WH: Oh definitely. They did a wonderful job with the post-production editing and adding music. I think you’ll be very pleased when you get to see it.
Jill Zarin: It’s great with the meteorite and the town… And you know it’ll be so great getting to see the script come alive. You know, when you see the script you think ‘how can they make a movie out of this?’ they’ll talk about picking the apples in the fields and the guys on the thing, and I’m just thinking ‘I don’t get it’ but then when you see it, it’s like ‘Wow, they made that paper into real people now.’ When someone writes a story and it comes alive, it’s very cool.
WH: Oh I agree completely. Plus to see all of those different characters and the character development come to life. It’s always neat to see how the back story comes into play, and makes them seem more real and makes for a better movie.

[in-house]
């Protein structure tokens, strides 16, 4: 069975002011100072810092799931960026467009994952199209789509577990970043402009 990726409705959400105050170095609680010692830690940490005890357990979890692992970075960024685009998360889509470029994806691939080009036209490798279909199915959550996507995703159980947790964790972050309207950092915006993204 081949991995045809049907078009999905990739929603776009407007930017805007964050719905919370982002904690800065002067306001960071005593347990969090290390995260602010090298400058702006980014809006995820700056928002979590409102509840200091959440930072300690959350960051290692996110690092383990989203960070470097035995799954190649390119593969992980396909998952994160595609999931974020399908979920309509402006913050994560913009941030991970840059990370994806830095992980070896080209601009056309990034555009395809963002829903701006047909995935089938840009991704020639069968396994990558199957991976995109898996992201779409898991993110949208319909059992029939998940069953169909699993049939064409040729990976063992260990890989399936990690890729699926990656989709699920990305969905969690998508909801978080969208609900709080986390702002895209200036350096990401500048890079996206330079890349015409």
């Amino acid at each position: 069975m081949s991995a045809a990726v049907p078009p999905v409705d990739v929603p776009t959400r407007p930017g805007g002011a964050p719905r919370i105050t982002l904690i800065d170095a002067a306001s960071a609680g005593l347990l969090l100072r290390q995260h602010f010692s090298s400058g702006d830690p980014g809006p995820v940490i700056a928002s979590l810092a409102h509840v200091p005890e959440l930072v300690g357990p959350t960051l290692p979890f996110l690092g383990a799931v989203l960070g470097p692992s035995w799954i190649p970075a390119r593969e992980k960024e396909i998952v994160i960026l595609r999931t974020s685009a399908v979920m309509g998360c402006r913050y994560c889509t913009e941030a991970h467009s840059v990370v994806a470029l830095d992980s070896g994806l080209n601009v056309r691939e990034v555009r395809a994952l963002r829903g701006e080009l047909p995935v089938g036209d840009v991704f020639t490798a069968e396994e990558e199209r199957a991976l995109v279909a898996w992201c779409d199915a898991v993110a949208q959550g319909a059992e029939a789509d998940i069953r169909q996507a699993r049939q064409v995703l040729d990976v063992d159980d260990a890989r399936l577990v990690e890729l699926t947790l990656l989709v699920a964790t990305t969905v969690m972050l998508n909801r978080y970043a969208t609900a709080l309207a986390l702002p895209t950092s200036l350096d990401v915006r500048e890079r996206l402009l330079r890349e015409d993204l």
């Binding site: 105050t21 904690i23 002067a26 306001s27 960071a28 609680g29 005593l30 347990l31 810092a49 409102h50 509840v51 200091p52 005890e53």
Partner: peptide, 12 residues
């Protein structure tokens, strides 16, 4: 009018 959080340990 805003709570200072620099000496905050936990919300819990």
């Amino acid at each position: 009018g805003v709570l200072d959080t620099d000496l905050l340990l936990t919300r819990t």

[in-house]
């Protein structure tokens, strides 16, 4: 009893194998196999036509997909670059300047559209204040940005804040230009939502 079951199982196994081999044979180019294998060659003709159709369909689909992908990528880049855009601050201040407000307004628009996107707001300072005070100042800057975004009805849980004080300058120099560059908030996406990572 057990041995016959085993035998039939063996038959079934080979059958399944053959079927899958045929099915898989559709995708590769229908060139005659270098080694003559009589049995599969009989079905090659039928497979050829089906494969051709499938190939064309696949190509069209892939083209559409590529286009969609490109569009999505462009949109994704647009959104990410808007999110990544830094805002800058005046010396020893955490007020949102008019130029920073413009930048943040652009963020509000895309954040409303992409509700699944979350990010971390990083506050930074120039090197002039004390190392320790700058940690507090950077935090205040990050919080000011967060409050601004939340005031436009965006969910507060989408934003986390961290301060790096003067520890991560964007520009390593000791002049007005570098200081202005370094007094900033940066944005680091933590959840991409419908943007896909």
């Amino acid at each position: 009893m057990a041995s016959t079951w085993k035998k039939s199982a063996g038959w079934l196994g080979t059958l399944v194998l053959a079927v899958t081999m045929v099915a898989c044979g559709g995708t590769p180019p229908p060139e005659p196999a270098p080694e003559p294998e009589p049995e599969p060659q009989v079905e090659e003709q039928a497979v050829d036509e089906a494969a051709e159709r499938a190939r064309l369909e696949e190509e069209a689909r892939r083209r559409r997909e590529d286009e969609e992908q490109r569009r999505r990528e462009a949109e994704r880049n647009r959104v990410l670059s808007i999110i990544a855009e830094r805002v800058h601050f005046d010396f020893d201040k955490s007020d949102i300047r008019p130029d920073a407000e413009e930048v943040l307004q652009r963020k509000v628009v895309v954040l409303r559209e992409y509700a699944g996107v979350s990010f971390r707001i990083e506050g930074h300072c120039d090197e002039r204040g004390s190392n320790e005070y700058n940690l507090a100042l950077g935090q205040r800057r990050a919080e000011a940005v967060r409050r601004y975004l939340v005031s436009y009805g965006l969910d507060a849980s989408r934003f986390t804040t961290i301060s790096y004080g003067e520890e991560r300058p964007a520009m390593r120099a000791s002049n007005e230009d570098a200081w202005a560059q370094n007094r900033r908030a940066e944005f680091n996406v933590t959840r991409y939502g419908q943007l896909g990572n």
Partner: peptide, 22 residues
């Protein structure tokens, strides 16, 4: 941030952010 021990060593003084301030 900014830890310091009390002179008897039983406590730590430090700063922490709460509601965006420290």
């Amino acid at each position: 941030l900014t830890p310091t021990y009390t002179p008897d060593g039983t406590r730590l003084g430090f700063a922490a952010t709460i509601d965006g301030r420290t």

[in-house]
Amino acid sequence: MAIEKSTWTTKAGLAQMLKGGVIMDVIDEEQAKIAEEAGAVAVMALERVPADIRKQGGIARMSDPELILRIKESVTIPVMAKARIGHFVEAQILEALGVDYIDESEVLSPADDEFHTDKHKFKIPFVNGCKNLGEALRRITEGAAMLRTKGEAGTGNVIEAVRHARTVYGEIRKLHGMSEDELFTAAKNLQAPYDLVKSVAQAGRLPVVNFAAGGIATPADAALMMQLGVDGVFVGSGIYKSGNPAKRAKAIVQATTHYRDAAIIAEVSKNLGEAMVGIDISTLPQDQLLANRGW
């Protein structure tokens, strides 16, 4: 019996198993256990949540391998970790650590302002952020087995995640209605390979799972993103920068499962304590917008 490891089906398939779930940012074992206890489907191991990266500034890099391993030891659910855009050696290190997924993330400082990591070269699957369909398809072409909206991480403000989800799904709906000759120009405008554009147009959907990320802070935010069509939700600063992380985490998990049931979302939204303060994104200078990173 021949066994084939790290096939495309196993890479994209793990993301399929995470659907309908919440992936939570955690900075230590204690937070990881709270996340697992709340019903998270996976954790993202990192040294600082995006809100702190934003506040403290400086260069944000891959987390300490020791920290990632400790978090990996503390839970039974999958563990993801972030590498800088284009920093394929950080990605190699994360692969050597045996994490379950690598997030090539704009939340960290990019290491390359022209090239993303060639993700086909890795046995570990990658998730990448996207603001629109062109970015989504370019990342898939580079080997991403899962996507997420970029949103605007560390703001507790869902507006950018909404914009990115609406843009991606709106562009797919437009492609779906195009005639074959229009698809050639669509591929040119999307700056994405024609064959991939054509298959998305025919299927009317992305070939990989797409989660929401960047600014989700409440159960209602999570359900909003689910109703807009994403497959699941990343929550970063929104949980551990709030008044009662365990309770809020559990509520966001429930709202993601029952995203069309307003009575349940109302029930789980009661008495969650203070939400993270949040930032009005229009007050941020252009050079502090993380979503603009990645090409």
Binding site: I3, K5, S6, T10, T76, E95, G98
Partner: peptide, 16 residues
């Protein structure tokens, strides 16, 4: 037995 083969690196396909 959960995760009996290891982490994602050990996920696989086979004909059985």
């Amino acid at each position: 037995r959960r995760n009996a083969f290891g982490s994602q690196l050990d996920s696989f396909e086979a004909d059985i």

Jill Zarin: You should ask for that in your review (referring to some of the cut scenes which featured more character background). When something like this does well, there’s always a chance for another movie. They’re (Syfy and other networks) very receptive to the fans, bloggers, and public opinion. …Horror has become very popular because of Sharknado.
WH: Between wildly popular things like that, American Horror Story, Hannibal, and the mainstream horror tv. Now we have Scream Queens with Jamie Lee Curtis just starting up, so there’s a great deal out there. — Knowing that it is such a popular genre, now that you have your foot in the door. Do you see more horror or sci-fi projects in your future?